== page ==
Defining a public: The management of privately owned public space

Németh, J.

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Németh, J. (2009). Defining a public: The management of privately owned public space. Urban Studies, 46(11), 2463–2490.

This paper empirically explores the management of privately owned public space. It examines 163 spaces produced through New York City’s incentive zoning programme, whereby developers provide and manage a public space in exchange for fl oor area ratio (FAR) bonuses. Developers of these bonus spaces employ a variety of management approaches, each correlating with common theories of spatial control in publicly owned spaces. However, as developer priorities are often fi scally driven, most approaches severely limit political, social and democratic functions of public space and produce a constricted defi nition of the public. As such, privately owned public spaces have deleterious effects on concepts of citizenship and representation, even as they become the new models for urban space provision and management.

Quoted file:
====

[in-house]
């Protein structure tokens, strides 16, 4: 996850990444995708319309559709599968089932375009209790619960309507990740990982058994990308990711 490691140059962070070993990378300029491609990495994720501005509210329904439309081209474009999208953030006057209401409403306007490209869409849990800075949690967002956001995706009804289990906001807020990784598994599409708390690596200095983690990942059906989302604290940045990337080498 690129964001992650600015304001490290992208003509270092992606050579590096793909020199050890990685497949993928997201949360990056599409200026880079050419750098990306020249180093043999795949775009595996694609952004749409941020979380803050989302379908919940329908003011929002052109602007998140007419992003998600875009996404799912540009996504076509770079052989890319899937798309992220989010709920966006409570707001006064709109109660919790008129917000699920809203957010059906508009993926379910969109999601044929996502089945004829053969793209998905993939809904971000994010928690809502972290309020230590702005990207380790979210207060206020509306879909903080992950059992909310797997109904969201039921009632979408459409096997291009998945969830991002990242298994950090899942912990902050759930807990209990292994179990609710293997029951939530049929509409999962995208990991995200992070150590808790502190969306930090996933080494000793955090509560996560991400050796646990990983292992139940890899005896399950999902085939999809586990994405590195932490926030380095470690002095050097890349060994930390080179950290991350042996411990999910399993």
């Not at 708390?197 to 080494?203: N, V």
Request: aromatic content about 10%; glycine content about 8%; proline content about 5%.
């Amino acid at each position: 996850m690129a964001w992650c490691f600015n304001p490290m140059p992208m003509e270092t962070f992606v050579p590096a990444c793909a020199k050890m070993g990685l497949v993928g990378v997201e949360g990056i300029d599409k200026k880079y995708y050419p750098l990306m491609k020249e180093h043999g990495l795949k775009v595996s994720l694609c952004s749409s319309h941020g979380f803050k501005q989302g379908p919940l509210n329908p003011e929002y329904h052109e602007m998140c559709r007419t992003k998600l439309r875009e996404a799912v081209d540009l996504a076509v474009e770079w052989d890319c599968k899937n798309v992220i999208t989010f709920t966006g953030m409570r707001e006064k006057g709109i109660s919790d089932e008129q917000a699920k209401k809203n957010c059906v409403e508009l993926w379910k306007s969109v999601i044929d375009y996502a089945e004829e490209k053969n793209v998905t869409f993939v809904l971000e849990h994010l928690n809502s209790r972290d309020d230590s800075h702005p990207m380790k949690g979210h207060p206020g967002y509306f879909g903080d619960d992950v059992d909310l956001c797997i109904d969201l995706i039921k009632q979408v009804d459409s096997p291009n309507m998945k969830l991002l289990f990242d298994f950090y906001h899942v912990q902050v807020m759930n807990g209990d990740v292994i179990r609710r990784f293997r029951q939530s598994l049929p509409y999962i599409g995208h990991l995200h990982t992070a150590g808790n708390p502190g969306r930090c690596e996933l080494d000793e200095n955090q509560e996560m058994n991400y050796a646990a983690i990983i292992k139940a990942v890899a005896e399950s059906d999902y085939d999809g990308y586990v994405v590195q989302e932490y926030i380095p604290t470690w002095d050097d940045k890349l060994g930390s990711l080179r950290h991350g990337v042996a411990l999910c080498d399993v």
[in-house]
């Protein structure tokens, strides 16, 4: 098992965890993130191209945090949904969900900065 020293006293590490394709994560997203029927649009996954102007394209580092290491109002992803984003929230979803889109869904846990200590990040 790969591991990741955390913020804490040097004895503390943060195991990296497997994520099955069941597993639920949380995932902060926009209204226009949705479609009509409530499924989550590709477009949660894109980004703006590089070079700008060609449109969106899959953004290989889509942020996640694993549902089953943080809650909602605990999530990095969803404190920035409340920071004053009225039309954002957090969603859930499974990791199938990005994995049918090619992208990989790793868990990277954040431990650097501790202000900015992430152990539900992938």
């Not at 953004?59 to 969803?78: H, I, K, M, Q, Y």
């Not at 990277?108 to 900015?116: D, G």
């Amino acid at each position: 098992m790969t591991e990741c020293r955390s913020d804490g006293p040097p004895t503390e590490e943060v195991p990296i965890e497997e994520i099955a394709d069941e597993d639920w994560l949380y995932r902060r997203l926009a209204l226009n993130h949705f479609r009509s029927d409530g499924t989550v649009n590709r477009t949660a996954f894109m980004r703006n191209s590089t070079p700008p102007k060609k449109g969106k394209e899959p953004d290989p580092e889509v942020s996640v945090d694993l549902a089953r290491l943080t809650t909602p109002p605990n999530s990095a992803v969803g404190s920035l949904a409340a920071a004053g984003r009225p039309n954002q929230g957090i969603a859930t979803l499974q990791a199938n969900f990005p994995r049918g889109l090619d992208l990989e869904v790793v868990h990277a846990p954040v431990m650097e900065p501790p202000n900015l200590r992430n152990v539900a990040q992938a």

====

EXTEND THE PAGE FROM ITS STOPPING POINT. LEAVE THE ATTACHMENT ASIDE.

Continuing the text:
Main finding
The management approaches in bonus spaces examined severely limit the ability to have an inclusive and diverse public realm by allowing management to filter their users according to fiscal priorities.

Description of method used in the article
An index made up of 20 design variables was used to quantify how open or closed a space was and the degree to which behavioral control is exerted over users. The index was applied to 163 bonus spaces at 93 buildings in New York City in early 2007.

Of practical use

Organising categories